Spain must squeeze an “unprecedented” 40 billion euros out of its 2012 budget in order to meet its deficit cutting target, Moody’s warned on Monday.
The ratings agency said the new Spanish government faced a tough challenge in 2012 due to overspending in 2011 made worse by the struggling economy, despite record tourist figures.
In December the government said the 2011 public deficit would be eight per cent of GDP which was down on the previous estimate of 9.3 per cent, but still two points over the six per cent target.
“The large fiscal deficit in 2011 is credit negative and clearly illustrates the challenge facing authorities in bringing Spain’s finances back onto a sustainable path,” Moody’s Investors Service said.
New Prime Minister Mariano Rajoy has said his government will stick to a target of cutting the deficit to 4.4 per cent of GDP in 2012.
“Achieving this year’s unchanged budget deficit target of 4.4 per cent of GDP for the general government sector requires an unprecedented effort,” Moody’s said in a report adding that “Under our assumptions the required adjustment is around 40 billion euros.”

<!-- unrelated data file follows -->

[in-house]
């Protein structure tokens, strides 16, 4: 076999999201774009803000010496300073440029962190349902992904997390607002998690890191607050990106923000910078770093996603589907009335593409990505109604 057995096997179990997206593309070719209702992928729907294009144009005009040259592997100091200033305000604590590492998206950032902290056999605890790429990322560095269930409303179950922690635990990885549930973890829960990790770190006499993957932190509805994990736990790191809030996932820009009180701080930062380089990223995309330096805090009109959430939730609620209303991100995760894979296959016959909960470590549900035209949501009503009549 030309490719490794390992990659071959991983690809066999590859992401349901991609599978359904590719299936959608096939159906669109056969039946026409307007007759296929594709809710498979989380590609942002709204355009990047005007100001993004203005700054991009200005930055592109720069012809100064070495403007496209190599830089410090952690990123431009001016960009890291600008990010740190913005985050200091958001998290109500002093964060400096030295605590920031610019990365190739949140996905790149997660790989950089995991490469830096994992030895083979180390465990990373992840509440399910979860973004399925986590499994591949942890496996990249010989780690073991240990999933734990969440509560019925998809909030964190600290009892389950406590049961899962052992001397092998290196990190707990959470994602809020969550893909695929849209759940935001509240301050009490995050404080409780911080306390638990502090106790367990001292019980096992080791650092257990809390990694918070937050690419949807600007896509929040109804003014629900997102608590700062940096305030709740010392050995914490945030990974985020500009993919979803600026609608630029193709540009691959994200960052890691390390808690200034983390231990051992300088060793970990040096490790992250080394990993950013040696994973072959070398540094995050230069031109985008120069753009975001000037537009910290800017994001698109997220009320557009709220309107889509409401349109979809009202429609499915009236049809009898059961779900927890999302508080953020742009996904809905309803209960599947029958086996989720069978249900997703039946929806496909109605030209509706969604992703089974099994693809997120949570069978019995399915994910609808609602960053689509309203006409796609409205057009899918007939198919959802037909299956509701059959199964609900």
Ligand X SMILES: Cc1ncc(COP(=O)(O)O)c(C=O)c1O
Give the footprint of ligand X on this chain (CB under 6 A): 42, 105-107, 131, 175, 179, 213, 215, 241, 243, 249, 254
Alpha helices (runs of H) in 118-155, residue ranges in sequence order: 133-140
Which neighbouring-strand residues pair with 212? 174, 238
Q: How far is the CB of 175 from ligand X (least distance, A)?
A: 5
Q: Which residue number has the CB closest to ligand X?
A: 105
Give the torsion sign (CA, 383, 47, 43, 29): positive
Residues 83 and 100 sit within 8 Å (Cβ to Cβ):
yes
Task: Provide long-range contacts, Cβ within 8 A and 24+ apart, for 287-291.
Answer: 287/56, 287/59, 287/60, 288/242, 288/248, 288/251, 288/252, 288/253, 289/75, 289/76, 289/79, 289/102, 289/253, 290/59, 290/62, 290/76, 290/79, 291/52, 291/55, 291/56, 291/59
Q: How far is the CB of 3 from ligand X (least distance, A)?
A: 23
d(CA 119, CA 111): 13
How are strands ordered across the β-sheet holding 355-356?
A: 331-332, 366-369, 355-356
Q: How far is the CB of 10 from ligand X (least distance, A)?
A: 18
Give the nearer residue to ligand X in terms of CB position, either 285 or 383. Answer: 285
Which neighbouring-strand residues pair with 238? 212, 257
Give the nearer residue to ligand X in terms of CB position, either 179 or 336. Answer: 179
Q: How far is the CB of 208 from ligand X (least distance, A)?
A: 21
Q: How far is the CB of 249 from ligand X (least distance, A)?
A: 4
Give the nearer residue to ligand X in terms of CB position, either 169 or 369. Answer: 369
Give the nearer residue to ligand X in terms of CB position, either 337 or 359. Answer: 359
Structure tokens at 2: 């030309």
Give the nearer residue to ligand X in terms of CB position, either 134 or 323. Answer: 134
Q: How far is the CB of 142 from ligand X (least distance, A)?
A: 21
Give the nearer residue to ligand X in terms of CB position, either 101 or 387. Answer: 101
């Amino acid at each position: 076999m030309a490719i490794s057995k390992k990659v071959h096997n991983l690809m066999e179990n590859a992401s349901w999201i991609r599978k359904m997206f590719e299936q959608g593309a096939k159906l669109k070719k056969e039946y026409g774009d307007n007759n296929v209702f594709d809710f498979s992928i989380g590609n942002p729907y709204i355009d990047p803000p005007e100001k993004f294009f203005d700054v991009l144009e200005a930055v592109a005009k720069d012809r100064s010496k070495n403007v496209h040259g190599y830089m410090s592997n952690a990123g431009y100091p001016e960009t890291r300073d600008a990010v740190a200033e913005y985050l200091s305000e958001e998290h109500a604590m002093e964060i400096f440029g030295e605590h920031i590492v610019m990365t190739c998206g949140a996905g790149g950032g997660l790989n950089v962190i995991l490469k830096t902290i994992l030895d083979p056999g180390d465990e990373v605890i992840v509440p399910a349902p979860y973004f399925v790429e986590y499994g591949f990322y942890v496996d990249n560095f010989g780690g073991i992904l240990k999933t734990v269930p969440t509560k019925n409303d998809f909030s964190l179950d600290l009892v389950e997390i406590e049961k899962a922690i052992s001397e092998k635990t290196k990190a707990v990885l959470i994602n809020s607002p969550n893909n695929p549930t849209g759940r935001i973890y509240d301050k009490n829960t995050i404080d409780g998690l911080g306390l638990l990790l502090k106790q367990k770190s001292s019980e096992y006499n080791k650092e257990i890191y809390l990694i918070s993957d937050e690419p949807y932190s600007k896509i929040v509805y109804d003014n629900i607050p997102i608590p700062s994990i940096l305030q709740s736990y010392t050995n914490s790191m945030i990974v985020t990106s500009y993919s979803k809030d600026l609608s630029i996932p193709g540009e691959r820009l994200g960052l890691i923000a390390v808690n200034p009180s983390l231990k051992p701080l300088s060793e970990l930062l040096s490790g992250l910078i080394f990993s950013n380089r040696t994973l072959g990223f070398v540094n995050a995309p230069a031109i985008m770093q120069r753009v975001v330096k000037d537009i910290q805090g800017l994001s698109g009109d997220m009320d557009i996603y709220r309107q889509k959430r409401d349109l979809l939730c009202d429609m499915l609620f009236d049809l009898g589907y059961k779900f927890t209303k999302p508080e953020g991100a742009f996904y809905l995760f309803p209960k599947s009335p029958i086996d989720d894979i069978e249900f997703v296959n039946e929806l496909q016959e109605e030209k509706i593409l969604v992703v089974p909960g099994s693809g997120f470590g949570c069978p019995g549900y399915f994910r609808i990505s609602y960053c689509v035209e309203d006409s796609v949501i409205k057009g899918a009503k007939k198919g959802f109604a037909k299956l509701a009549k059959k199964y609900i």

The amount required dwarfs the country’s previous deficit reductions for 2010 and 2011 with a combined total of 28 billion euros.
Moody’s said “Achieving such a massive fiscal adjustment amid slowing economic growth risks exacerbating the negative economic outlook,”
The agency predict the Spanish economy will shrink by 0.5-1.0 per cent in 2012 following growth of 0.7 per cent in 2011.
Elected in November 2011, Rajoy’s government has announced spending cuts of 8.9 billion euros, which includes a public sector wage freeze, and tax increases to raise over six billion euros.